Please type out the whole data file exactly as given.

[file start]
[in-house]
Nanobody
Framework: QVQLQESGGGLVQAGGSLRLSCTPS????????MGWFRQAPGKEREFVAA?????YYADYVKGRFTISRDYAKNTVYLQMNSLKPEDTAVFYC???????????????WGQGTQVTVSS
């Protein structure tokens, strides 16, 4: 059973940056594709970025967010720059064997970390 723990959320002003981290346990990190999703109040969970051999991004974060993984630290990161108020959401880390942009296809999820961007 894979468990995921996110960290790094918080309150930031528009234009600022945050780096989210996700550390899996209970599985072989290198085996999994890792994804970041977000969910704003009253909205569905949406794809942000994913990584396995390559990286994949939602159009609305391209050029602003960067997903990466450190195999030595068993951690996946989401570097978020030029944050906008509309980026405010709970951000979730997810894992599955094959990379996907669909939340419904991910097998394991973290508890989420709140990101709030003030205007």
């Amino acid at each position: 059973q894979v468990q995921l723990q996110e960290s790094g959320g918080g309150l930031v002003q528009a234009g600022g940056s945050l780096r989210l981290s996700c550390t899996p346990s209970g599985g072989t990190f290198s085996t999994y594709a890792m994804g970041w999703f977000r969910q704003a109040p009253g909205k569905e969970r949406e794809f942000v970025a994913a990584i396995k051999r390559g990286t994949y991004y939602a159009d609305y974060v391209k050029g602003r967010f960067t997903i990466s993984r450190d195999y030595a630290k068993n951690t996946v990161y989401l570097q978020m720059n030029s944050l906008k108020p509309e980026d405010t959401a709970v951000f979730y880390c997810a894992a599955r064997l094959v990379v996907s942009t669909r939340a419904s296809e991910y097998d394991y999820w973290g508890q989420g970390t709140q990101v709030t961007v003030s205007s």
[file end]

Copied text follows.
[in-house]
Nanobody
Framework: QVQLQESGGGLVQAGGSLRLSCTPS????????MGWFRQAPGKEREFVAA?????YYADYVKGRFTISRDYAKNTVYLQMNSLKPEDTAVFYC???????????????WGQGTQVTVSS
């Protein structure tokens, strides 16, 4: 059973940056594709970025967010720059064997970390 723990959320002003981290346990990190999703109040969970051999991004974060993984630290990161108020959401880390942009296809999820961007 894979468990995921996110960290790094918080309150930031528009234009600022945050780096989210996700550390899996209970599985072989290198085996999994890792994804970041977000969910704003009253909205569905949406794809942000994913990584396995390559990286994949939602159009609305391209050029602003960067997903990466450190195999030595068993951690996946989401570097978020030029944050906008509309980026405010709970951000979730997810894992599955094959990379996907669909939340419904991910097998394991973290508890989420709140990101709030003030205007």
């Amino acid at each position: 059973q894979v468990q995921l723990q996110e960290s790094g959320g918080g309150l930031v002003q528009a234009g600022g940056s945050l780096r989210l981290s996700c550390t899996p346990s209970g599985g072989t990190f290198s085996t999994y594709a890792m994804g970041w999703f977000r969910q704003a109040p009253g909205k569905e969970r949406e794809f942000v970025a994913a990584i396995k051999r390559g990286t994949y991004y939602a159009d609305y974060v391209k050029g602003r967010f960067t997903i990466s993984r450190d195999y030595a630290k068993n951690t996946v990161y989401l570097q978020m720059n030029s944050l906008k108020p509309e980026d405010t959401a709970v951000f979730y880390c997810a894992a599955r064997l094959v990379v996907s942009t669909r939340a419904s296809e991910y097998d394991y999820w973290g508890q989420g970390t709140q990101v709030t961007v003030s205007s």